Inner City Kids
Adolescents Confront Life and Violence in an Urban Community
Urban teens of color are often portrayed as welfare mothers, drop outs, drug addicts, and both victims and perpetrators of the many kinds of violence which can characterize life in urban areas. Although urban youth often live in contexts which include poverty, unemployment, and discrimination, they also live with the everydayness of school, friends, sex, television, music, and other elements of teenage lives. Inner City Kids explores how a group of African American, Jamaican, Puerto Rican, and Haitian adolescents make meaning of and respond to living in an inner-city community.
The book focuses on areas of particular concern to the youth, such as violence, educational opportunities, and a decaying and demoralizing urban environment characterized by trash, pollution, and abandoned houses. McIntyre's work with these teens draws upon participatory action research, which seeks to codevelop programs with study participants rather than for them.
"Invites us to learn from a group of inner-city youth as they forge their identities and engage the barriers and opportunities they face growing up in America today. This book embodies the best of activist scholarship. The successes and failures of a liberatory and participatory action research project are described with precision, humor, and self-criticism as we learn how alliances among a diverse group of urban youth and adults in their lives were crafted and then served as a basis for collaborative action. . . . Offers psychologists, social researchers, and activists a rare opportunity to hear stories from the lives of urban youth in their own words. The social analyses and practices described here challenge us to rethink our understandings of adolescent development."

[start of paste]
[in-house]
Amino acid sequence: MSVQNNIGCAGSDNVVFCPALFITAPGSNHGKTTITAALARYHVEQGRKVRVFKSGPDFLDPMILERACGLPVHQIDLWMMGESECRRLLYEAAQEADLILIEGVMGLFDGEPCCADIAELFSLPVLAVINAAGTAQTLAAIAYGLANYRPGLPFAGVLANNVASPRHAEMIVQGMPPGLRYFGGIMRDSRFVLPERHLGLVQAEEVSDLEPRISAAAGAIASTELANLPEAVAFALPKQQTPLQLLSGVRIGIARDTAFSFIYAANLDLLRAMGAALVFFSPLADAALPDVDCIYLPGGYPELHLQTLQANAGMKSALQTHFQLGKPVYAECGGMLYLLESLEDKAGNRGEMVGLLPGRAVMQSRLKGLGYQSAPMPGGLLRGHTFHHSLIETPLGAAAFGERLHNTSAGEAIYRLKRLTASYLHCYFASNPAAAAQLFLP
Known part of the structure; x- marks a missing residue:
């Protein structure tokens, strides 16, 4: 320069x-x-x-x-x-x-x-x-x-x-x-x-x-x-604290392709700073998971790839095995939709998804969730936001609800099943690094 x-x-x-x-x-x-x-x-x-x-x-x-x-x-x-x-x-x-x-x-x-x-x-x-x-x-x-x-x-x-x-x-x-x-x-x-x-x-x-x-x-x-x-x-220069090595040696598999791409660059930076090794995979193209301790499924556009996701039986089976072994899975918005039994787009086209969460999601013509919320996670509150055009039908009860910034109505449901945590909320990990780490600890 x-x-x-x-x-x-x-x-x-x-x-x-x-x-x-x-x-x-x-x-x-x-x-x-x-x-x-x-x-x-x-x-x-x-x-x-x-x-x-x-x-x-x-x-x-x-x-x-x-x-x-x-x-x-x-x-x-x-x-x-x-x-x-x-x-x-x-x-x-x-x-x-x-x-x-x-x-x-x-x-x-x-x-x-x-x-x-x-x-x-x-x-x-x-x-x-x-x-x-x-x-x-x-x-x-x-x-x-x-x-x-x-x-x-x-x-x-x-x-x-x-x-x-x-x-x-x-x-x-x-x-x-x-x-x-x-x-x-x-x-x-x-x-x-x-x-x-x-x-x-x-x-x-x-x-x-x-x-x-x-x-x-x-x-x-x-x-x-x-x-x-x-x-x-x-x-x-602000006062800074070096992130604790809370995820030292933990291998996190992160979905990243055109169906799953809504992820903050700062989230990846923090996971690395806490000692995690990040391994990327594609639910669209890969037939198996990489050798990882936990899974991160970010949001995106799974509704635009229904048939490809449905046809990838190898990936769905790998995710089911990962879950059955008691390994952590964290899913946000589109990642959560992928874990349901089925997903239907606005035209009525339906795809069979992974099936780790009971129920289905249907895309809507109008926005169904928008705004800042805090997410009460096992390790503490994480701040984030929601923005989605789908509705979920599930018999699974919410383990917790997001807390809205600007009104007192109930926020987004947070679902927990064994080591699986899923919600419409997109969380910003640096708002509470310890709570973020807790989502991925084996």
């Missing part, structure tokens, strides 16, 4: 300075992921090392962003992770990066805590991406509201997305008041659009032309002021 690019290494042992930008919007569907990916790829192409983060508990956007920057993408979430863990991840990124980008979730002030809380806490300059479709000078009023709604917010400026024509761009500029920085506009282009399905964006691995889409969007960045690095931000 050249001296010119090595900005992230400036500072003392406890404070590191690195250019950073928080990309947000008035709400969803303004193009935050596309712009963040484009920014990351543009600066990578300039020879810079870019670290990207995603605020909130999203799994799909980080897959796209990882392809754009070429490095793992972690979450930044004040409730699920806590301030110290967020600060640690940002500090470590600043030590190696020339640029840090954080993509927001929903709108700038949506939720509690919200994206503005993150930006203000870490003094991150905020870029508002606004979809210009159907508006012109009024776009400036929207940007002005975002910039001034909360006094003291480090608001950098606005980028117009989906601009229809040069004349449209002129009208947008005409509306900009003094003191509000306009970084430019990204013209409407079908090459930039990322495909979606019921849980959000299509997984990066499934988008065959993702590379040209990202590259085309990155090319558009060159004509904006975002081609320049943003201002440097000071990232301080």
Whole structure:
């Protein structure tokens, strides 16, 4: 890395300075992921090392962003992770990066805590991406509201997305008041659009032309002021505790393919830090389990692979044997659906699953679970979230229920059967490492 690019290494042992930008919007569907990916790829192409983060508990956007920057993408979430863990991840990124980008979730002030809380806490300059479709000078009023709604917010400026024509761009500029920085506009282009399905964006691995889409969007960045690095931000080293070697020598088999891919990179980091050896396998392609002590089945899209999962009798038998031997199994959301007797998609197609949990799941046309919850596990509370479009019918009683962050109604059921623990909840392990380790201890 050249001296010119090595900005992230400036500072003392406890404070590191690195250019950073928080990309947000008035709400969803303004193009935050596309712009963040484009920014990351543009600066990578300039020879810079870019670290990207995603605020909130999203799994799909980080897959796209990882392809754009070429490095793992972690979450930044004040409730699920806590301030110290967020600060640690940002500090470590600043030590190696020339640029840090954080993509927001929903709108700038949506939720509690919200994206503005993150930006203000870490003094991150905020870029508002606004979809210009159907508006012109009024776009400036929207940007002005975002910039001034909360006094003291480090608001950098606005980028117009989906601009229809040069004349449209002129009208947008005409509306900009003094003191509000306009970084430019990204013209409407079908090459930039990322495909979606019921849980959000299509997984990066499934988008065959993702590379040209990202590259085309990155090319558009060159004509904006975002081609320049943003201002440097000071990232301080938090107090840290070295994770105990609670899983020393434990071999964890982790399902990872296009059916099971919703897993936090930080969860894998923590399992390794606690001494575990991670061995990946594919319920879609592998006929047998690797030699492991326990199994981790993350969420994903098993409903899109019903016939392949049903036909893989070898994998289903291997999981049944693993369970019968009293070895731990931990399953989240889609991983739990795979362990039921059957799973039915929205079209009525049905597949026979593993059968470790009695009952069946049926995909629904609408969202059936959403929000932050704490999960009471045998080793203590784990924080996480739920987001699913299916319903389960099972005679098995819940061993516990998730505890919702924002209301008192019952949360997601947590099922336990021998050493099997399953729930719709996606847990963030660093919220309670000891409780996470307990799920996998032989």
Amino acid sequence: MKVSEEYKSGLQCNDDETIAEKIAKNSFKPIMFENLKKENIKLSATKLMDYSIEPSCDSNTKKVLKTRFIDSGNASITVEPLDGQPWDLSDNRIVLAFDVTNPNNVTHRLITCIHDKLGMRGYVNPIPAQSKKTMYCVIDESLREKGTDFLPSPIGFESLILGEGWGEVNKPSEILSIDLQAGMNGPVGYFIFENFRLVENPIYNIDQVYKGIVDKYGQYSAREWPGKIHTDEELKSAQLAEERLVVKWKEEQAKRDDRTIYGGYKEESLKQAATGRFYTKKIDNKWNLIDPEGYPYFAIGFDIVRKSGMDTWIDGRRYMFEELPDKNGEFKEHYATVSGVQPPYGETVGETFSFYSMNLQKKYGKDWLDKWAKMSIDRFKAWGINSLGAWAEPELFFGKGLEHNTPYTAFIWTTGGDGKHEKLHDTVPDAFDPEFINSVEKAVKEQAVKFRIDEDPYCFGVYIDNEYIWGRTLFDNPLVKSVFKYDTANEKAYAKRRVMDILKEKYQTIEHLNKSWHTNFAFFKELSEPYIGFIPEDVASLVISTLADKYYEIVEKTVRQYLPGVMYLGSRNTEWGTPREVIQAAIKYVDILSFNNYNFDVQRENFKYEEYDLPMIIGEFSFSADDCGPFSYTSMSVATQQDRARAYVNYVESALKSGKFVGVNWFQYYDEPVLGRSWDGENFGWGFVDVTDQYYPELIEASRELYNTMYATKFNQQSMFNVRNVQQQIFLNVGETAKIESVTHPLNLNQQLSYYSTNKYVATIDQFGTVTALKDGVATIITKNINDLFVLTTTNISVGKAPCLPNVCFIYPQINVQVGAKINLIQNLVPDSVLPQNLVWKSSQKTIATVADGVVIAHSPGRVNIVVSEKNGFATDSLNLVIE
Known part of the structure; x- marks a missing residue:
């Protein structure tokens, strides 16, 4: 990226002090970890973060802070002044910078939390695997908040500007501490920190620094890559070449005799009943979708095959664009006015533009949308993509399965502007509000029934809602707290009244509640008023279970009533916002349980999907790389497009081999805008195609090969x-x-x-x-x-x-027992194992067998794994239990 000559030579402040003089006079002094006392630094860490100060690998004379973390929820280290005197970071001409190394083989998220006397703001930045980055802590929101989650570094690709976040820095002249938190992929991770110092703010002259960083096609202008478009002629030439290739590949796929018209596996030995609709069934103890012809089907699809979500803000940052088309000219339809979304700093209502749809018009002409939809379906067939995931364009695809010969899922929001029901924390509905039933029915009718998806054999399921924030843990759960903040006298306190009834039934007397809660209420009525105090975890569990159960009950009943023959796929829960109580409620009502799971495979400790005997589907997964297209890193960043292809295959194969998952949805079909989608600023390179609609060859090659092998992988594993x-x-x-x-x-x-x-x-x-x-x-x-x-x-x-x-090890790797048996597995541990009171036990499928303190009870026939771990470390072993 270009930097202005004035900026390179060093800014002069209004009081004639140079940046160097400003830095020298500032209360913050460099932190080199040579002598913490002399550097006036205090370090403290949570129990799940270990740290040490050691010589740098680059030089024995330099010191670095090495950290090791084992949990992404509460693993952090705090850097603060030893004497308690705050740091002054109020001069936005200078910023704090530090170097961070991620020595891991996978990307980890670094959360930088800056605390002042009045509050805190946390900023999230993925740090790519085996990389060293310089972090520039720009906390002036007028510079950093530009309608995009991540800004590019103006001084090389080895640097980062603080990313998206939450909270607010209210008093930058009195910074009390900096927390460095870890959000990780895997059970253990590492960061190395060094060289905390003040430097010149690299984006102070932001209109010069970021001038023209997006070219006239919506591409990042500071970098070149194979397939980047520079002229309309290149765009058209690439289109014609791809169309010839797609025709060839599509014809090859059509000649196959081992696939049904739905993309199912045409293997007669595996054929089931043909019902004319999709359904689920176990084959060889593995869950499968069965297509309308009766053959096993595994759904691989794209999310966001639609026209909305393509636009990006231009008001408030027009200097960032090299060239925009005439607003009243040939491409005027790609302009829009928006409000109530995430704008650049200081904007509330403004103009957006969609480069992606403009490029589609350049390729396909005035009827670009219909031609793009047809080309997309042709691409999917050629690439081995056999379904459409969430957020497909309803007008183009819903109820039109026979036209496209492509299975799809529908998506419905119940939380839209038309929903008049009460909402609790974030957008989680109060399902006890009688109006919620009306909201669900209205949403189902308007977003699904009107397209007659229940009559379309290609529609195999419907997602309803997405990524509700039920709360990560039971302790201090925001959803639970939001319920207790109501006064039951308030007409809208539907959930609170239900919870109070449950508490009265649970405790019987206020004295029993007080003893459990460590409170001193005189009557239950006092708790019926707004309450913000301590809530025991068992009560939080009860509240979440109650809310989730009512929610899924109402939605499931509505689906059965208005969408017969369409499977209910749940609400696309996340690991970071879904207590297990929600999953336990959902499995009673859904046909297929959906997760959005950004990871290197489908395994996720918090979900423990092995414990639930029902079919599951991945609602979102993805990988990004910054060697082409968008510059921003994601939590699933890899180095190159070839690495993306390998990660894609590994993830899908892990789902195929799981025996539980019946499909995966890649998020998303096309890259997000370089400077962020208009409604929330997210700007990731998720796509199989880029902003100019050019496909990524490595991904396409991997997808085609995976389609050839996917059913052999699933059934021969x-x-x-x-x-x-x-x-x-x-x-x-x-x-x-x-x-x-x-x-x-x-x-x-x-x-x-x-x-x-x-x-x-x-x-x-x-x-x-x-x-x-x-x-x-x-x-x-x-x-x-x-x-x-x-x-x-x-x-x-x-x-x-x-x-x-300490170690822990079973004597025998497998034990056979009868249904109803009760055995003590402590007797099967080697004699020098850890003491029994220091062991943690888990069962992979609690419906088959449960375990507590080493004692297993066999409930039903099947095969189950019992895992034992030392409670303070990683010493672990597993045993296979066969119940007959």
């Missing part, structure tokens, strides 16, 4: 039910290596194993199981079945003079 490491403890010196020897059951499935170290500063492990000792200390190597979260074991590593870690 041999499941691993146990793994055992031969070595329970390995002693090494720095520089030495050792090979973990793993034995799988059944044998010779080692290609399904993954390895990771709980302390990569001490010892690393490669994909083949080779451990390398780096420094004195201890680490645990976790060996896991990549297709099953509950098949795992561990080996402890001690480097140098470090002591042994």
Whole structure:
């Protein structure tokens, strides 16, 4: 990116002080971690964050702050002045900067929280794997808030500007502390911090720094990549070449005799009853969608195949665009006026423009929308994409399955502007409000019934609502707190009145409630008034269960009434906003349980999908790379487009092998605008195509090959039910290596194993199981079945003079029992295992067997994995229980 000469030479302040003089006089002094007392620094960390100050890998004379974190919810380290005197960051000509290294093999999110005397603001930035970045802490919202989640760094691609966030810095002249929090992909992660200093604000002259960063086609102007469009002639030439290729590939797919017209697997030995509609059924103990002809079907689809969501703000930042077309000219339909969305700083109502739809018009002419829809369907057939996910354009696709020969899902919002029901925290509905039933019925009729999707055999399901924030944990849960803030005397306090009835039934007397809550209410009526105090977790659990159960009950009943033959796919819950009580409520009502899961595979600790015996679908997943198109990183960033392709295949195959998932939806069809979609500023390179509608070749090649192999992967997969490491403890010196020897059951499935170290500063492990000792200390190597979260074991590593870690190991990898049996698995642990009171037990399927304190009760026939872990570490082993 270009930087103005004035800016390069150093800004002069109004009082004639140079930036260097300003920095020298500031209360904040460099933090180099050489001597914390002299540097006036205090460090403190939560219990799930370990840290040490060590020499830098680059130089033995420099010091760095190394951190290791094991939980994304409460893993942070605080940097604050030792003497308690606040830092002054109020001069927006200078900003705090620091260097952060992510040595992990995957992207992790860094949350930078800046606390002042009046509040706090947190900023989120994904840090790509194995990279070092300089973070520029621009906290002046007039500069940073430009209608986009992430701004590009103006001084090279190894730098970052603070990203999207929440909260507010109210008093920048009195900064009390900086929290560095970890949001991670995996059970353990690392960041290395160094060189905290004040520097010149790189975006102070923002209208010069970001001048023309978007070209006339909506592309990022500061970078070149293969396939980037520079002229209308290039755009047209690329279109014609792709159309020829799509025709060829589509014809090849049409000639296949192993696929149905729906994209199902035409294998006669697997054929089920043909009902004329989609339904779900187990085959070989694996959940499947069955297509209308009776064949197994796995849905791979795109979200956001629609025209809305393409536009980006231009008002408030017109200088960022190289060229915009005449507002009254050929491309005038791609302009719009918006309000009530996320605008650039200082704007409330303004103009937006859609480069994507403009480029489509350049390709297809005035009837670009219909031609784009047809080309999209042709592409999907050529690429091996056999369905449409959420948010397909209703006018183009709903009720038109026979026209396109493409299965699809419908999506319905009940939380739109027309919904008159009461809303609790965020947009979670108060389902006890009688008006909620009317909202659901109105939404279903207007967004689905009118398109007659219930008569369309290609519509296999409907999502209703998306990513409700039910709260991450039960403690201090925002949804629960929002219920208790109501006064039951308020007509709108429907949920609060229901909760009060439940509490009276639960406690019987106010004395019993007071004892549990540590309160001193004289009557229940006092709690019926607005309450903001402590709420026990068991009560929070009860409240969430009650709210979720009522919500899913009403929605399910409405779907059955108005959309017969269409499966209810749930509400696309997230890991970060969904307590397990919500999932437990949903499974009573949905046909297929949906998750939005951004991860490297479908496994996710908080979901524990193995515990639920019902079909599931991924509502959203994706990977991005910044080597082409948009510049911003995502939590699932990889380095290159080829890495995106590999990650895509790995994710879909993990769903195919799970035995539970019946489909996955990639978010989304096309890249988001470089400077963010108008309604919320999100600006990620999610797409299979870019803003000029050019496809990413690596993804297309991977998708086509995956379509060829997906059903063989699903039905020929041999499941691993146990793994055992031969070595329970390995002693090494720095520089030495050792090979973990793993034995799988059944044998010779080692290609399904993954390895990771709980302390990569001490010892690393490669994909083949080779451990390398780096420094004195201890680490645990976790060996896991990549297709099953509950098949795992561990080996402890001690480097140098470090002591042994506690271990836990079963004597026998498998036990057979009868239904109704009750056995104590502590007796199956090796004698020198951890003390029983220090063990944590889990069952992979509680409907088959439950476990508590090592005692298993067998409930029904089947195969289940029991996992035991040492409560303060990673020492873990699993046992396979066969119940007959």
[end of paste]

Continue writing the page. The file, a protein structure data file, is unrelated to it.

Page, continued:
—M. Brinton Lykes, Professor of Community/Social Psychology, University of the Witwatersrand, South Africa, and Boston College
"Alice McIntyre offers the unflinching gaze of an astute researcher. . . . Essential reading for teachers, counselors, and all youth workers. McIntyre's frank assessment of participatory action research and her careful analysis of her original data demonstrate PAR at its best."
—Mary Brabeck, Professor and Dean, Lynch School of Education, Boston College
"A groundbreaking feminist participatory action research project with urban youth. McIntyre develops long term relationships and collaborative action research with 12 and 13 year olds schooled in a building with bullet proof windows. Surrounded by the crush of violence, trash, racism, and sexism, the kids frame their own questions, take cameras into their hands, narrate their own stories, and take action to effect change in their community and, ultimately, their lives. They affirm the potential of feminist participatory action research to create hopeful spaces for kids' voices, visions, and activism."
—Patricia Maguire, author of Doing Participatory Research: A Feminist Approach